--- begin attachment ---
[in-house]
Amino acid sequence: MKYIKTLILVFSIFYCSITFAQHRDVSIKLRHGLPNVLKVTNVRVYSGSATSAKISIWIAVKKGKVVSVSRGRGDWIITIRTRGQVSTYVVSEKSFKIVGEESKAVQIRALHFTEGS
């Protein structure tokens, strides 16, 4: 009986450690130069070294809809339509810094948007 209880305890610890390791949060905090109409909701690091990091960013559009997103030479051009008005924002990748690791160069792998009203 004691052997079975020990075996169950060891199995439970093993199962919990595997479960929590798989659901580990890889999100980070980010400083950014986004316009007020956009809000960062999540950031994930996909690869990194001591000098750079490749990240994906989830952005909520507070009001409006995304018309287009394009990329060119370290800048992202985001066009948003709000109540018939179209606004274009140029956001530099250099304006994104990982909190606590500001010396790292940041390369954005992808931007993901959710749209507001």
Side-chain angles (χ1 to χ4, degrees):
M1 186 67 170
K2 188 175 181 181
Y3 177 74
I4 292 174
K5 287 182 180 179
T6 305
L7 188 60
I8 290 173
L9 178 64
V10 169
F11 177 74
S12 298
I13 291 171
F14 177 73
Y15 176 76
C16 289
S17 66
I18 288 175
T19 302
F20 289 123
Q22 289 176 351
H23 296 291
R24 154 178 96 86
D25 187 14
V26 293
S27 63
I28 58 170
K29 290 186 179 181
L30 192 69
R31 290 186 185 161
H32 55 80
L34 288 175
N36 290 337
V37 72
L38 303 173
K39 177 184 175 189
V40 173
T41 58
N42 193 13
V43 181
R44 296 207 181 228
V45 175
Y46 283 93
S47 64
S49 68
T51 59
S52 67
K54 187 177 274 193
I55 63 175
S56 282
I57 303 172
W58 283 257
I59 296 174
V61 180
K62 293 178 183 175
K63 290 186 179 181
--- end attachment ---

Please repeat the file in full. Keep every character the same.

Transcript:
[in-house]
Amino acid sequence: MKYIKTLILVFSIFYCSITFAQHRDVSIKLRHGLPNVLKVTNVRVYSGSATSAKISIWIAVKKGKVVSVSRGRGDWIITIRTRGQVSTYVVSEKSFKIVGEESKAVQIRALHFTEGS
């Protein structure tokens, strides 16, 4: 009986450690130069070294809809339509810094948007 209880305890610890390791949060905090109409909701690091990091960013559009997103030479051009008005924002990748690791160069792998009203 004691052997079975020990075996169950060891199995439970093993199962919990595997479960929590798989659901580990890889999100980070980010400083950014986004316009007020956009809000960062999540950031994930996909690869990194001591000098750079490749990240994906989830952005909520507070009001409006995304018309287009394009990329060119370290800048992202985001066009948003709000109540018939179209606004274009140029956001530099250099304006994104990982909190606590500001010396790292940041390369954005992808931007993901959710749209507001």
Side-chain angles (χ1 to χ4, degrees):
M1 186 67 170
K2 188 175 181 181
Y3 177 74
I4 292 174
K5 287 182 180 179
T6 305
L7 188 60
I8 290 173
L9 178 64
V10 169
F11 177 74
S12 298
I13 291 171
F14 177 73
Y15 176 76
C16 289
S17 66
I18 288 175
T19 302
F20 289 123
Q22 289 176 351
H23 296 291
R24 154 178 96 86
D25 187 14
V26 293
S27 63
I28 58 170
K29 290 186 179 181
L30 192 69
R31 290 186 185 161
H32 55 80
L34 288 175
N36 290 337
V37 72
L38 303 173
K39 177 184 175 189
V40 173
T41 58
N42 193 13
V43 181
R44 296 207 181 228
V45 175
Y46 283 93
S47 64
S49 68
T51 59
S52 67
K54 187 177 274 193
I55 63 175
S56 282
I57 303 172
W58 283 257
I59 296 174
V61 180
K62 293 178 183 175
K63 290 186 179 181